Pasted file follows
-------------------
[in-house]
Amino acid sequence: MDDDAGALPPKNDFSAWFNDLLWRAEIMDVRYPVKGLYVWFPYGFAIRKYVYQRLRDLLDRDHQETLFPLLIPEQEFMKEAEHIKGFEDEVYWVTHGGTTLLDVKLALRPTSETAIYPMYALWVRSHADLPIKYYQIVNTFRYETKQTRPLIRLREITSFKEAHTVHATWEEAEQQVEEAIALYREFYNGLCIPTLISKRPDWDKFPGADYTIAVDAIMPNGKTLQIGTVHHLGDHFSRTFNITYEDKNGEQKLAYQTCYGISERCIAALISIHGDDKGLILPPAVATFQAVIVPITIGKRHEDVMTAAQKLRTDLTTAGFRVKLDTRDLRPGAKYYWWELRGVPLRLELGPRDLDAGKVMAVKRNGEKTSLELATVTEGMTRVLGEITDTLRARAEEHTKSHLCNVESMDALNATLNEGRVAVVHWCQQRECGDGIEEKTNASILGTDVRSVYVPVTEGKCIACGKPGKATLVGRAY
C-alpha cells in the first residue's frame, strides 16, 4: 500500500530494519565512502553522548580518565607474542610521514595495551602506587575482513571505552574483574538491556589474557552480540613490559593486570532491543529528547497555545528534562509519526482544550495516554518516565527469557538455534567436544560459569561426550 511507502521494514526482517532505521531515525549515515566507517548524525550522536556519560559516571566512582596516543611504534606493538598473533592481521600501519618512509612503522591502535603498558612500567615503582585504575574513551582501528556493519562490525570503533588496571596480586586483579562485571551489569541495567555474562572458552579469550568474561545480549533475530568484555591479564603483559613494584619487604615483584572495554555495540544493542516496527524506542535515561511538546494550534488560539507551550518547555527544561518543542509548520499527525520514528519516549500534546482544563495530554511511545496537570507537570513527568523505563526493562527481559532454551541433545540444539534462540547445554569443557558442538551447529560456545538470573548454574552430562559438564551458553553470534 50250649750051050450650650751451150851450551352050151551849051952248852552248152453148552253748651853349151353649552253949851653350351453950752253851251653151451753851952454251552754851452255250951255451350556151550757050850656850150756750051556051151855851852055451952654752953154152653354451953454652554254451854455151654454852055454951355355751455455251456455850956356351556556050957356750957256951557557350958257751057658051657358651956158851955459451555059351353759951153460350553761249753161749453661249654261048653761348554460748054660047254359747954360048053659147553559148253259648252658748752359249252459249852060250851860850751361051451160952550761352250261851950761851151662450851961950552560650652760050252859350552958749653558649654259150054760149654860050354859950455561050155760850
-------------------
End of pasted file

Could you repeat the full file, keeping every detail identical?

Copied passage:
[in-house]
Amino acid sequence: MDDDAGALPPKNDFSAWFNDLLWRAEIMDVRYPVKGLYVWFPYGFAIRKYVYQRLRDLLDRDHQETLFPLLIPEQEFMKEAEHIKGFEDEVYWVTHGGTTLLDVKLALRPTSETAIYPMYALWVRSHADLPIKYYQIVNTFRYETKQTRPLIRLREITSFKEAHTVHATWEEAEQQVEEAIALYREFYNGLCIPTLISKRPDWDKFPGADYTIAVDAIMPNGKTLQIGTVHHLGDHFSRTFNITYEDKNGEQKLAYQTCYGISERCIAALISIHGDDKGLILPPAVATFQAVIVPITIGKRHEDVMTAAQKLRTDLTTAGFRVKLDTRDLRPGAKYYWWELRGVPLRLELGPRDLDAGKVMAVKRNGEKTSLELATVTEGMTRVLGEITDTLRARAEEHTKSHLCNVESMDALNATLNEGRVAVVHWCQQRECGDGIEEKTNASILGTDVRSVYVPVTEGKCIACGKPGKATLVGRAY
C-alpha cells in the first residue's frame, strides 16, 4: 500500500530494519565512502553522548580518565607474542610521514595495551602506587575482513571505552574483574538491556589474557552480540613490559593486570532491543529528547497555545528534562509519526482544550495516554518516565527469557538455534567436544560459569561426550 511507502521494514526482517532505521531515525549515515566507517548524525550522536556519560559516571566512582596516543611504534606493538598473533592481521600501519618512509612503522591502535603498558612500567615503582585504575574513551582501528556493519562490525570503533588496571596480586586483579562485571551489569541495567555474562572458552579469550568474561545480549533475530568484555591479564603483559613494584619487604615483584572495554555495540544493542516496527524506542535515561511538546494550534488560539507551550518547555527544561518543542509548520499527525520514528519516549500534546482544563495530554511511545496537570507537570513527568523505563526493562527481559532454551541433545540444539534462540547445554569443557558442538551447529560456545538470573548454574552430562559438564551458553553470534 50250649750051050450650650751451150851450551352050151551849051952248852552248152453148552253748651853349151353649552253949851653350351453950752253851251653151451753851952454251552754851452255250951255451350556151550757050850656850150756750051556051151855851852055451952654752953154152653354451953454652554254451854455151654454852055454951355355751455455251456455850956356351556556050957356750957256951557557350958257751057658051657358651956158851955459451555059351353759951153460350553761249753161749453661249654261048653761348554460748054660047254359747954360048053659147553559148253259648252658748752359249252459249852060250851860850751361051451160952550761352250261851950761851151662450851961950552560650652760050252859350552958749653558649654259150054760149654860050354859950455561050155760850